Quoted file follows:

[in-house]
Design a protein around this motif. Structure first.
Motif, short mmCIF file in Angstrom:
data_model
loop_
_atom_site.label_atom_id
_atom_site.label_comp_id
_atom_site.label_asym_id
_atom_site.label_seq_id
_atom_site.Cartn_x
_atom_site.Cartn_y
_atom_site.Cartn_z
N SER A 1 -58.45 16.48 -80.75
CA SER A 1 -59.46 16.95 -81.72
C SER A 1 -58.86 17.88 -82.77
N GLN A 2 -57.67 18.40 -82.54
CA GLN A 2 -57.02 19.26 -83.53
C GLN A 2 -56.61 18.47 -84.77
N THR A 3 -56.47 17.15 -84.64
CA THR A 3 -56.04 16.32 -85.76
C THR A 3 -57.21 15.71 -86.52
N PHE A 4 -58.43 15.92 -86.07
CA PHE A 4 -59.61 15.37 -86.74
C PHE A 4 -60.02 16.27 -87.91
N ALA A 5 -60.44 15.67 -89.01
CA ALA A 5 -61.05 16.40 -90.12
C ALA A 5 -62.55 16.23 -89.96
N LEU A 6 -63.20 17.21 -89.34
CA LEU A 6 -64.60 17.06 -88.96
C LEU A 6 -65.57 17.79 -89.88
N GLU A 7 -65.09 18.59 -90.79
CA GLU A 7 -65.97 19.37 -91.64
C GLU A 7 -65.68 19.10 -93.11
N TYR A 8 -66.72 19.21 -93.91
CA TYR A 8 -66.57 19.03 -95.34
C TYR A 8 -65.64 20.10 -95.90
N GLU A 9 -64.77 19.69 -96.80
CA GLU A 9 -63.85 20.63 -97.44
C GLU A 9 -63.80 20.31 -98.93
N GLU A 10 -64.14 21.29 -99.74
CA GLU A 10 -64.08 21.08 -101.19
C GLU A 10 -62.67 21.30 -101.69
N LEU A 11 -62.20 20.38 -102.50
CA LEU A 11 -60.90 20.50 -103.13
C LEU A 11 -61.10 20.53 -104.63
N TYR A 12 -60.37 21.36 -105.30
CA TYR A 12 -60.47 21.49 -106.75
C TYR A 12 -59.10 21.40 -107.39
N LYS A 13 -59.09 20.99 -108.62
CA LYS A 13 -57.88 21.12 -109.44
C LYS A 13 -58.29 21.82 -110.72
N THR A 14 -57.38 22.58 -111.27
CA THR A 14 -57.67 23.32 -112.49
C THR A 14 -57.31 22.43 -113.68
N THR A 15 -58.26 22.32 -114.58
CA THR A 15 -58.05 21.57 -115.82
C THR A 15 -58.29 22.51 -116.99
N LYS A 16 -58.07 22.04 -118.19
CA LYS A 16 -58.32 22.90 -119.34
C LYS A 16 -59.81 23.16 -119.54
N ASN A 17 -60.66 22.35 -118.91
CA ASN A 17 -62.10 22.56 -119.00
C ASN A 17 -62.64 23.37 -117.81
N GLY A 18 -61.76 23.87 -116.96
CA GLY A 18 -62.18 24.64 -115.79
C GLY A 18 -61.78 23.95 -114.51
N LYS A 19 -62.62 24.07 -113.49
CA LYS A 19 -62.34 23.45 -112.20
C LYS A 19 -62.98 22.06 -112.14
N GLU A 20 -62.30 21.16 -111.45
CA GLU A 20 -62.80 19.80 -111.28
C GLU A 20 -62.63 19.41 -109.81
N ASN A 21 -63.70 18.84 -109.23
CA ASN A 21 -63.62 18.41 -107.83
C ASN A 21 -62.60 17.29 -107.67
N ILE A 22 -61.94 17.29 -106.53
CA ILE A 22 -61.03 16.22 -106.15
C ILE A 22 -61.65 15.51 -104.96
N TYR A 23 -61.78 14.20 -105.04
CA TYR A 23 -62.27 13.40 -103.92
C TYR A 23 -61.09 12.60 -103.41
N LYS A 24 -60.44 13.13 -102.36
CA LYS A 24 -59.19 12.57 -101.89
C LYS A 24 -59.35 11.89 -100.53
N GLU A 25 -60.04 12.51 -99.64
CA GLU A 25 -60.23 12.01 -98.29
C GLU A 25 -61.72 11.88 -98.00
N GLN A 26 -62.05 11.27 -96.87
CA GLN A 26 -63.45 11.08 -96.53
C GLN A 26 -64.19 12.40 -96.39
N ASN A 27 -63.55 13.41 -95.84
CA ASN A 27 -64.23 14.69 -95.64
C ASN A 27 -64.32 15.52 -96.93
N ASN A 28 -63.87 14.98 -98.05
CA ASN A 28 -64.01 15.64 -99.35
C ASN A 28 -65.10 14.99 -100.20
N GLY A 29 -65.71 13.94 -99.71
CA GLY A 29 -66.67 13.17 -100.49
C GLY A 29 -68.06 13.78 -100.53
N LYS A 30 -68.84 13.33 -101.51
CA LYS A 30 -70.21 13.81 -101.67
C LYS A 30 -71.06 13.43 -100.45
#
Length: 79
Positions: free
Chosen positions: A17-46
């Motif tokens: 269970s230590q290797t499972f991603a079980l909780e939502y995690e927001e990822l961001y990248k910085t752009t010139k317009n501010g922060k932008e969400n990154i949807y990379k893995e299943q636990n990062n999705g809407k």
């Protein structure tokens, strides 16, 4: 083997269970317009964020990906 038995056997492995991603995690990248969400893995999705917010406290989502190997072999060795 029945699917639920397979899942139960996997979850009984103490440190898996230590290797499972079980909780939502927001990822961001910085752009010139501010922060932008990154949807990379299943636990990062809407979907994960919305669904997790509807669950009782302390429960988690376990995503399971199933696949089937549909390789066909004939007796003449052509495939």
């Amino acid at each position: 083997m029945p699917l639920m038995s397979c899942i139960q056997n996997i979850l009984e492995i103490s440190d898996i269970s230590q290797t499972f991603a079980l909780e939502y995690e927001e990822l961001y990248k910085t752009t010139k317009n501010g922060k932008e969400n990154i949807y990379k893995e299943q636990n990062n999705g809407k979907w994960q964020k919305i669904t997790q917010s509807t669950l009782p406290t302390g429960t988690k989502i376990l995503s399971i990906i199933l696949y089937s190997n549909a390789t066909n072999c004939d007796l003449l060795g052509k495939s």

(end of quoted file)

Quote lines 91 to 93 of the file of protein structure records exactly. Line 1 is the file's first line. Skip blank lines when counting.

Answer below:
N ASN A 27 -63.55 13.41 -95.84
CA ASN A 27 -64.23 14.69 -95.64
C ASN A 27 -64.32 15.52 -96.93